I can see that I've miffed some of you, and I'll take that as a signal that I've currently over-stayed whatever welcome I've had for a while. And that's fine, too. I think it was Wittgenstein who said: "when you get the message, you can hang up the phone."

Be well. (No, . . . really.)
Largo

Sport climber
The Big Wide Open Face
Topic Author's Reply - Jul 20, 2014 - 10:01am PT
Tvash said: Largo still can't get his dickskinners wrapped around the concept that one's micro machinery, one's subconscious neural decision engines, 'decide' where one focuses one's awareness - and that one's consciousness gets the memo after the fact.
--


The most fantastic thing about this whopper is that Tvash actually believes it. Mike and I and others could give him fifty examples to disprove this but he would believe what he believes. Where he violates the trust and integrity of this thread is to present this guess about awareness as a simple fact of truth.

When I say I am not guessing about this stuff, I am saying that in all truthfullness. Forty years of dealing with little more than awareness, attention and focus as a daily practicte gives one a certain view of things.

Basucakky, where Tvash's belief crumbles is when one holds an open focus - and one can experience the "micro machinery" begging you to look at this thought or focus on this sensation or feelings or memory - and you don't. Tvash would say that my brain decided for me NOT to focus on what my selfsame brain was begging me to payu attention on. This sounds lucidrous when stated like this, but when encountered in direct experience, it all gets clear in a flash.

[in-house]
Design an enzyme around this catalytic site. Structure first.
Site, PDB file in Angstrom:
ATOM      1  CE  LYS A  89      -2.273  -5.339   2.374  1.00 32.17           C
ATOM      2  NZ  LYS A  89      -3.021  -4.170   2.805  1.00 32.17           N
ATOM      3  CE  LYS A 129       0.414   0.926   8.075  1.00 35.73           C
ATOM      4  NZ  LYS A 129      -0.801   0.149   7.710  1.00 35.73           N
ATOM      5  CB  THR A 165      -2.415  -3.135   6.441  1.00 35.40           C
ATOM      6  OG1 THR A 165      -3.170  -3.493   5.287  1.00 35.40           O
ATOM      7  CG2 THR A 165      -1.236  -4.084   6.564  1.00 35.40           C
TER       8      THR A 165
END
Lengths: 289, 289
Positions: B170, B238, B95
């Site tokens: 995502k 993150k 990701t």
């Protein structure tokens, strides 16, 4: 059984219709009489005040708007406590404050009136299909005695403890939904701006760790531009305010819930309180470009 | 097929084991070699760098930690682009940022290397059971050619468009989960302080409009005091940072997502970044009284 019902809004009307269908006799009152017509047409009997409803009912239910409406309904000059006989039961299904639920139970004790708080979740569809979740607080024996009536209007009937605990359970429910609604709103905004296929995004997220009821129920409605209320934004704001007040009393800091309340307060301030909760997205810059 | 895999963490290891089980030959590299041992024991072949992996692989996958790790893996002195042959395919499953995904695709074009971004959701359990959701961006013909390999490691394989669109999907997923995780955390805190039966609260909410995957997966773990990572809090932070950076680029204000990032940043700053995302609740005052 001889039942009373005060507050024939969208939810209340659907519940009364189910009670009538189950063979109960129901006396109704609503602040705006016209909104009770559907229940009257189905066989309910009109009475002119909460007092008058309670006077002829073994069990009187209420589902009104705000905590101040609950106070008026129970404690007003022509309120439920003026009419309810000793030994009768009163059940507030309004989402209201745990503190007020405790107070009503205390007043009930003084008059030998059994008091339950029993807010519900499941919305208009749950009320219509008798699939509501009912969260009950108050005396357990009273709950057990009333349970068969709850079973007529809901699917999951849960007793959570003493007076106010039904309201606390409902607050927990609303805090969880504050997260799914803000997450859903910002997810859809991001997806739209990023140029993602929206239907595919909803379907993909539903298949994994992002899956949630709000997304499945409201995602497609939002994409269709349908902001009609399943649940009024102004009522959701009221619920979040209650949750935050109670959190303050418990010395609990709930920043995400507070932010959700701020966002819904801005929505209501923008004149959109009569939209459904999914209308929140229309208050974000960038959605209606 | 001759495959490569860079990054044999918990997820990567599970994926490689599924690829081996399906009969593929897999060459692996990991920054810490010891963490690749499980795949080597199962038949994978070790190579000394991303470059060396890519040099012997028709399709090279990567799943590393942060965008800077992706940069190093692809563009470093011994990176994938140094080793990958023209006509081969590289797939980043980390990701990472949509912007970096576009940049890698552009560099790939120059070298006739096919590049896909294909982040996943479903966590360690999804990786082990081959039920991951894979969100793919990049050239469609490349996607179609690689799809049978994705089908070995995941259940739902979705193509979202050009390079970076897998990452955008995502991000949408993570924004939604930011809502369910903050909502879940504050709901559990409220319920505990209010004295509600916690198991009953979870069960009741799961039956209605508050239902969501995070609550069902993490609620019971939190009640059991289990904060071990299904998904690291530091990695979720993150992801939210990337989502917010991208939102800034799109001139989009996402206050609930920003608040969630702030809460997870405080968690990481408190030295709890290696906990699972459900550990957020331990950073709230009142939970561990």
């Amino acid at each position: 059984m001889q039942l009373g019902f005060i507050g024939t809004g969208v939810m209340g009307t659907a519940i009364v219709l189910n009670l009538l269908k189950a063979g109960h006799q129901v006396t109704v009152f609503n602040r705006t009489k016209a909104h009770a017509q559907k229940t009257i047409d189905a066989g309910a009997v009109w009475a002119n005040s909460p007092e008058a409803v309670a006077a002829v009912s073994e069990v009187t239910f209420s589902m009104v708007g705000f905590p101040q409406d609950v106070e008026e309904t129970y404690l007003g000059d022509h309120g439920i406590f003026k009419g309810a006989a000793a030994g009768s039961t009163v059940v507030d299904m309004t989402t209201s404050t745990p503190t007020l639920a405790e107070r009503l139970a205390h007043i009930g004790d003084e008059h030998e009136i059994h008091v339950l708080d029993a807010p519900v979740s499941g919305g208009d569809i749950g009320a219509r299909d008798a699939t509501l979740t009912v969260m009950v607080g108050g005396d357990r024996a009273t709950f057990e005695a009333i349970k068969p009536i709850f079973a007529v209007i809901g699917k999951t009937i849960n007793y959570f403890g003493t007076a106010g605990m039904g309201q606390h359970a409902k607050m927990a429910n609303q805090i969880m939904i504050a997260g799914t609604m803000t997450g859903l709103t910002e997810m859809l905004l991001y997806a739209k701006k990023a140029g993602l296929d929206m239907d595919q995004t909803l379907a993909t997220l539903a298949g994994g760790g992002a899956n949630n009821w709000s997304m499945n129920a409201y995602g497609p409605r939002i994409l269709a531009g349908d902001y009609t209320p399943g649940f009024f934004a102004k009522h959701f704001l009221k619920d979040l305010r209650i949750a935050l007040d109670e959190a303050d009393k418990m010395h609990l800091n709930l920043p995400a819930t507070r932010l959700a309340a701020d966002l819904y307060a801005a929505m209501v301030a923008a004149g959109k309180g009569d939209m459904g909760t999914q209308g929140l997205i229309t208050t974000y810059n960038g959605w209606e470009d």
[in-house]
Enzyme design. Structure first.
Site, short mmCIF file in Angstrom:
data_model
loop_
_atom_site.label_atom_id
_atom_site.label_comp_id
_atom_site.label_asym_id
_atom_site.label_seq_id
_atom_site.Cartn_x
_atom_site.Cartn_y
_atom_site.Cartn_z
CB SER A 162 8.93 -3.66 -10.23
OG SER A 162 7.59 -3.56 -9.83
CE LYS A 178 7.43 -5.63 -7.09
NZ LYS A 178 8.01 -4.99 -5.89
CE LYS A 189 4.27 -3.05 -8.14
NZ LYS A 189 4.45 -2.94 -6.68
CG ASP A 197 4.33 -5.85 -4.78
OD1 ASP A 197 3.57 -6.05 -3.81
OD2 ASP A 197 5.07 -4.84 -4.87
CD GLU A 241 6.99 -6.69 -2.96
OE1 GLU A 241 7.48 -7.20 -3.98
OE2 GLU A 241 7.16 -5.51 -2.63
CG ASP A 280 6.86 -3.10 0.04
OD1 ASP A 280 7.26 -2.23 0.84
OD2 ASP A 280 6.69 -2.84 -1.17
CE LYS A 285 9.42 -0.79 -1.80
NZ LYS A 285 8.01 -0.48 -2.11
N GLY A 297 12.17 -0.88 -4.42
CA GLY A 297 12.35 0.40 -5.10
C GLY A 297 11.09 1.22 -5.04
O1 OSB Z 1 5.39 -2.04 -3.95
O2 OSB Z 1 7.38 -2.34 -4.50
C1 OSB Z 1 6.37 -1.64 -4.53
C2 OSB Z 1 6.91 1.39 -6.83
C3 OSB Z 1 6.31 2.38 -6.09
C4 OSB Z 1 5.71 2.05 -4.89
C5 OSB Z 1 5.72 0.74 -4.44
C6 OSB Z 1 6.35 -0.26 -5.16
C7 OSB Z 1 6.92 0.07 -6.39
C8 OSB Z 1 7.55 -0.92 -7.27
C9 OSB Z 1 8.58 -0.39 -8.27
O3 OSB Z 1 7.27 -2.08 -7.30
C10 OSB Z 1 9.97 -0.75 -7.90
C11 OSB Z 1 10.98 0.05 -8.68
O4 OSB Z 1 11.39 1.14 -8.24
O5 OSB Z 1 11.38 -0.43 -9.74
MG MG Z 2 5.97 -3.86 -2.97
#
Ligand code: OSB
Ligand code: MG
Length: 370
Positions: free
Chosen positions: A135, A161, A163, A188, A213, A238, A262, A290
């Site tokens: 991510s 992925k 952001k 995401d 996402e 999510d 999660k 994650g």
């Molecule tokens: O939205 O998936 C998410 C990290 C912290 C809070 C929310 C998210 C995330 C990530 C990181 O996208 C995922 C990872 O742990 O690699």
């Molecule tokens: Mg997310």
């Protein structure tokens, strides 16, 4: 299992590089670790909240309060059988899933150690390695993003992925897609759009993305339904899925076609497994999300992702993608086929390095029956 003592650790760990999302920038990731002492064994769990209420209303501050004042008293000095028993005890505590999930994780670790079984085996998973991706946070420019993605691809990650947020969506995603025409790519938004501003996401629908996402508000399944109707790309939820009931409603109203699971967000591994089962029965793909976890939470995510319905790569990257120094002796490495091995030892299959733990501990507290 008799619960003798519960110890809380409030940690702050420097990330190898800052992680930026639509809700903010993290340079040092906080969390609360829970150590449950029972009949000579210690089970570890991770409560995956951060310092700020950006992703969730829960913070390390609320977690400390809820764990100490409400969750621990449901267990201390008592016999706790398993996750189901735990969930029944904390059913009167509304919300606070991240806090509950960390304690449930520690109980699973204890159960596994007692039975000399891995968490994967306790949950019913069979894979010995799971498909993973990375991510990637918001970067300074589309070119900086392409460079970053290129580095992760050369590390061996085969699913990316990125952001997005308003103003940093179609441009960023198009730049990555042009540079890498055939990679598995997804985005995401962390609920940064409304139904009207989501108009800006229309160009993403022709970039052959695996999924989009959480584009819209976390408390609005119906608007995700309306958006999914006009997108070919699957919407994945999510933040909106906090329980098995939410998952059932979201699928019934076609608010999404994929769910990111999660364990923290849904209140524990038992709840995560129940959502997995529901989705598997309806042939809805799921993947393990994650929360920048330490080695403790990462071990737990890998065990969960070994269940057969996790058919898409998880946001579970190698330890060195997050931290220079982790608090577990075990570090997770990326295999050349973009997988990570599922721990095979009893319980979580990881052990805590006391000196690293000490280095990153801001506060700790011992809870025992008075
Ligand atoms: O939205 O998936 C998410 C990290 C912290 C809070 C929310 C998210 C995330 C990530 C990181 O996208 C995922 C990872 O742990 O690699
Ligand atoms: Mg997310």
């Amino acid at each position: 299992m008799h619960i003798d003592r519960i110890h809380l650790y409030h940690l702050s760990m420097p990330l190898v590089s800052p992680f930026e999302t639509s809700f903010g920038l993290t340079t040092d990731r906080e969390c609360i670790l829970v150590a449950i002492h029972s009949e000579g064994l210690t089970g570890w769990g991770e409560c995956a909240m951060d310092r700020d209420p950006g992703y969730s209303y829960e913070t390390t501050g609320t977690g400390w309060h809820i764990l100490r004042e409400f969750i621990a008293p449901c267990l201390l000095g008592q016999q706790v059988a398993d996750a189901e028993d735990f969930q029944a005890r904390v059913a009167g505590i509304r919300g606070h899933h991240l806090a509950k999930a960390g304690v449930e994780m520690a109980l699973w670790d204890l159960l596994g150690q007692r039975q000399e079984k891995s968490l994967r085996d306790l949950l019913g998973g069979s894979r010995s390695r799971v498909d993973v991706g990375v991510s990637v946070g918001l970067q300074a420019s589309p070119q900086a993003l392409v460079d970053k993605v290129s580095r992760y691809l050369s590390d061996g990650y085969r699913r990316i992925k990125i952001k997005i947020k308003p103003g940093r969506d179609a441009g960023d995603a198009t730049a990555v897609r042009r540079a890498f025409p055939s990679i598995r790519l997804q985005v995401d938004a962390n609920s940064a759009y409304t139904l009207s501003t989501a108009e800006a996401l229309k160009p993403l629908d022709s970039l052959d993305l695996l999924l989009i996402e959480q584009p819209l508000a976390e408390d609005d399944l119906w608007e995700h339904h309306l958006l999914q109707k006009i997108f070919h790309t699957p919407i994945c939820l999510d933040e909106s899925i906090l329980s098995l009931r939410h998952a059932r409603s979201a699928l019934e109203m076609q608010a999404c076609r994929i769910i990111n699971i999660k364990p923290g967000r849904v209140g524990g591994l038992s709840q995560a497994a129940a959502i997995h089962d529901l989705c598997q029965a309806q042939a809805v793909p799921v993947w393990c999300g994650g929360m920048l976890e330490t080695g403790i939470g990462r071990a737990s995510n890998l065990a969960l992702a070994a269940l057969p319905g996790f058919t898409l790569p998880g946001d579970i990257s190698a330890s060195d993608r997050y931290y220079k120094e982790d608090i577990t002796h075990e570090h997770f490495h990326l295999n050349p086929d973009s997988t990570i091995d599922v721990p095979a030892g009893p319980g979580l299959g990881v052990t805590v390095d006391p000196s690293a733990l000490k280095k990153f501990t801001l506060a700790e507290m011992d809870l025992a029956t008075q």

Where people stumble on this issue is that from a mechanical/deterministic standpoint, all things (so the belife runs) come from prior sources, from antecedent causes or factors, somewhere between pure chance and chaos, wherew nothing is predictable, to a direct causal line, like careening billiard balls, where cause and effect are clear. To a person like Tvash, who doesn't know vfrom internal empirical study that focus and attention are not "things" in the normal sense of the word, where would a "free will" decision ever "come from," since all things come from some other thing, one way or another? Except everything, which came from nothing.

The howler in all of this is Tvash's notion that a a lug-headed staunch determinism is something too nuanced for me to get my "dickskinners wrapped around," wedded as I am to some spiritual philosophy that needs free will as a Christian needs Christ. The notion that this is all empirically based is simply not believed because the instrument is awareness itself, and interpretations are not required.